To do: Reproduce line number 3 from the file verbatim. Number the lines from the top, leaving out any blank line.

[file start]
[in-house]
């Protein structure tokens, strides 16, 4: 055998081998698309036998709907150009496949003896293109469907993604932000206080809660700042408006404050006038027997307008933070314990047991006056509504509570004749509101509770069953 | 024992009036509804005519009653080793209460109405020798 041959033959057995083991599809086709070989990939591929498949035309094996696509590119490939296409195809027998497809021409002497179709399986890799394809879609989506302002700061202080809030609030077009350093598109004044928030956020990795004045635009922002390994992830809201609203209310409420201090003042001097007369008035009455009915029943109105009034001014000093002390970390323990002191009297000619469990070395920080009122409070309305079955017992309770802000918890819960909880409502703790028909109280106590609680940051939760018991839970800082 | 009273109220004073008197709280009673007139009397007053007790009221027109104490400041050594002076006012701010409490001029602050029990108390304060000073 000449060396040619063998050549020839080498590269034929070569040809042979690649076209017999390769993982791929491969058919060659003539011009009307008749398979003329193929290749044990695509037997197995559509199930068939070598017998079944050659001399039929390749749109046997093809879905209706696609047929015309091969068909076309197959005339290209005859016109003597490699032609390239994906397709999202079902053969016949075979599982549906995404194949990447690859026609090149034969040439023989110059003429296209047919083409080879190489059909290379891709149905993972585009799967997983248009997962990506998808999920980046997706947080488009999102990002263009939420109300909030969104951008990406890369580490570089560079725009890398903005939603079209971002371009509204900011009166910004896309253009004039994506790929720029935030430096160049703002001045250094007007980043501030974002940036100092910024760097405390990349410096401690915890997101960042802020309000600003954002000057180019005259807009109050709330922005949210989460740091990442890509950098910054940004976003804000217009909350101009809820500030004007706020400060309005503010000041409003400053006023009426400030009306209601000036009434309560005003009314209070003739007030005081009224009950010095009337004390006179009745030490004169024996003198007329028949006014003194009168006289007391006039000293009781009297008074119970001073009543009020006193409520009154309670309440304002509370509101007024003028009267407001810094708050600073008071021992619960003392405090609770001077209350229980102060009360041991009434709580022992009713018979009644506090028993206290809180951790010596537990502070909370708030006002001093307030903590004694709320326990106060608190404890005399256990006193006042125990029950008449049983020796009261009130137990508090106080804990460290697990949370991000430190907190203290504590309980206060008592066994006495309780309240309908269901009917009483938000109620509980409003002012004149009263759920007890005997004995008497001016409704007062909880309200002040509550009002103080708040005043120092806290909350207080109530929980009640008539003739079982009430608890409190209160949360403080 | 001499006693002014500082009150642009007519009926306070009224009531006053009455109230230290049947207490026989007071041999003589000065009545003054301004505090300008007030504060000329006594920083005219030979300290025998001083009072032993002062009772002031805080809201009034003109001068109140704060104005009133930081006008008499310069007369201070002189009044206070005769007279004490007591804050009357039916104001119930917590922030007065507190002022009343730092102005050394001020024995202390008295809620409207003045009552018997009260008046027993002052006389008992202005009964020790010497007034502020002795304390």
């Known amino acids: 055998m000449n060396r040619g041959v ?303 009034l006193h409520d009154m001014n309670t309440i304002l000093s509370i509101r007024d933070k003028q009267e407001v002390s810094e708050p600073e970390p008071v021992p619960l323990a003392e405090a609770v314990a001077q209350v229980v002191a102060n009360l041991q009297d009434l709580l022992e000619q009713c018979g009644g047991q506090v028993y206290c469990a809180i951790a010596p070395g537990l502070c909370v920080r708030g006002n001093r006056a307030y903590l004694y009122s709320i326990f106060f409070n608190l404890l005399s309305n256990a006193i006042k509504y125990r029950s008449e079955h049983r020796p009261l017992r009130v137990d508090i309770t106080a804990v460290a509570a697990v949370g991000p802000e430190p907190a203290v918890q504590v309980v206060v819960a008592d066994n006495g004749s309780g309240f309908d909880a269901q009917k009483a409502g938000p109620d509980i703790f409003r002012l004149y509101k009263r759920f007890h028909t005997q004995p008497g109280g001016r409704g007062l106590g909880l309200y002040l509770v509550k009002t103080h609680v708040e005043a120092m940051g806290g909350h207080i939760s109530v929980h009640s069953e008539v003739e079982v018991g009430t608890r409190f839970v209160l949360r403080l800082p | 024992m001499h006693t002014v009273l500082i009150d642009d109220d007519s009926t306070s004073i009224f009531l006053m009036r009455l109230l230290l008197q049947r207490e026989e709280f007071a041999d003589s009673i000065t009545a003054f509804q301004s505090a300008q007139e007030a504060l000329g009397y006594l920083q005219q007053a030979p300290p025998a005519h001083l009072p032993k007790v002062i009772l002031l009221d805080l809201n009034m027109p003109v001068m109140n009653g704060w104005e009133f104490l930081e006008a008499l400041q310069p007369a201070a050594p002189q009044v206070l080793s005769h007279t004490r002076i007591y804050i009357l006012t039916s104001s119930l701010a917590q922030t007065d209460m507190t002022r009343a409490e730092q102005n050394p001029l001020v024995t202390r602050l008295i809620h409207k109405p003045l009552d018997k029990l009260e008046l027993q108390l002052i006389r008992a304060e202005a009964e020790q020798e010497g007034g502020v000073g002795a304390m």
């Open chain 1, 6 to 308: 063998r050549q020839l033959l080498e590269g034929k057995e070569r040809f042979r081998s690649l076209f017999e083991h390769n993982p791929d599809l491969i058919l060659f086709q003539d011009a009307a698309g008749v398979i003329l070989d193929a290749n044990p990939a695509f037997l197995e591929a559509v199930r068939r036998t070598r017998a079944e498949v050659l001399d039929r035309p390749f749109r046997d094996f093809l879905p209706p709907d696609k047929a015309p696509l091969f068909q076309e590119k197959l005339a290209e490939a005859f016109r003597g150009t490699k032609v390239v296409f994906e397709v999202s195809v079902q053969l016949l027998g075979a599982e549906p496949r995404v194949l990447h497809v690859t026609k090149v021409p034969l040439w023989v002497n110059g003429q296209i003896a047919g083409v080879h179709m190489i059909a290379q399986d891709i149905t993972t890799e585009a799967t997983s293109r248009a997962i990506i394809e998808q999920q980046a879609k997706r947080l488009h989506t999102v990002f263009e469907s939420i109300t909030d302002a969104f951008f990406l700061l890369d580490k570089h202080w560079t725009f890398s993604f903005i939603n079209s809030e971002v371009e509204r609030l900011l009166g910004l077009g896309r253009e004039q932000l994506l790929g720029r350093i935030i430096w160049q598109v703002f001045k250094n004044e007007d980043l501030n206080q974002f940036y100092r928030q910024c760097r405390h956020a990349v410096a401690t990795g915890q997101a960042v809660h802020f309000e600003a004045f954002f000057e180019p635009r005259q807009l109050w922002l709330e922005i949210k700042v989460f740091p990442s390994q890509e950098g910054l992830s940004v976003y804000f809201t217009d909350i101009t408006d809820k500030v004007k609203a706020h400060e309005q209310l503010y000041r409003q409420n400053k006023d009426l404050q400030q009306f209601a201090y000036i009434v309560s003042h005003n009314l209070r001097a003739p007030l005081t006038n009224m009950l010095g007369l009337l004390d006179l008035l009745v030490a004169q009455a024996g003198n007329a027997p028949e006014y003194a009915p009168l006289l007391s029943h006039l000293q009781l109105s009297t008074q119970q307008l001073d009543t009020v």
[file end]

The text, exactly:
């Known amino acids: 055998m000449n060396r040619g041959v ?303 009034l006193h409520d009154m001014n309670t309440i304002l000093s509370i509101r007024d933070k003028q009267e407001v002390s810094e708050p600073e970390p008071v021992p619960l323990a003392e405090a609770v314990a001077q209350v229980v002191a102060n009360l041991q009297d009434l709580l022992e000619q009713c018979g009644g047991q506090v028993y206290c469990a809180i951790a010596p070395g537990l502070c909370v920080r708030g006002n001093r006056a307030y903590l004694y009122s709320i326990f106060f409070n608190l404890l005399s309305n256990a006193i006042k509504y125990r029950s008449e079955h049983r020796p009261l017992r009130v137990d508090i309770t106080a804990v460290a509570a697990v949370g991000p802000e430190p907190a203290v918890q504590v309980v206060v819960a008592d066994n006495g004749s309780g309240f309908d909880a269901q009917k009483a409502g938000p109620d509980i703790f409003r002012l004149y509101k009263r759920f007890h028909t005997q004995p008497g109280g001016r409704g007062l106590g909880l309200y002040l509770v509550k009002t103080h609680v708040e005043a120092m940051g806290g909350h207080i939760s109530v929980h009640s069953e008539v003739e079982v018991g009430t608890r409190f839970v209160l949360r403080l800082p | 024992m001499h006693t002014v009273l500082i009150d642009d109220d007519s009926t306070s004073i009224f009531l006053m009036r009455l109230l230290l008197q049947r207490e026989e709280f007071a041999d003589s009673i000065t009545a003054f509804q301004s505090a300008q007139e007030a504060l000329g009397y006594l920083q005219q007053a030979p300290p025998a005519h001083l009072p032993k007790v002062i009772l002031l009221d805080l809201n009034m027109p003109v001068m109140n009653g704060w104005e009133f104490l930081e006008a008499l400041q310069p007369a201070a050594p002189q009044v206070l080793s005769h007279t004490r002076i007591y804050i009357l006012t039916s104001s119930l701010a917590q922030t007065d209460m507190t002022r009343a409490e730092q102005n050394p001029l001020v024995t202390r602050l008295i809620h409207k109405p003045l009552d018997k029990l009260e008046l027993q108390l002052i006389r008992a304060e202005a009964e020790q020798e010497g007034g502020v000073g002795a304390m």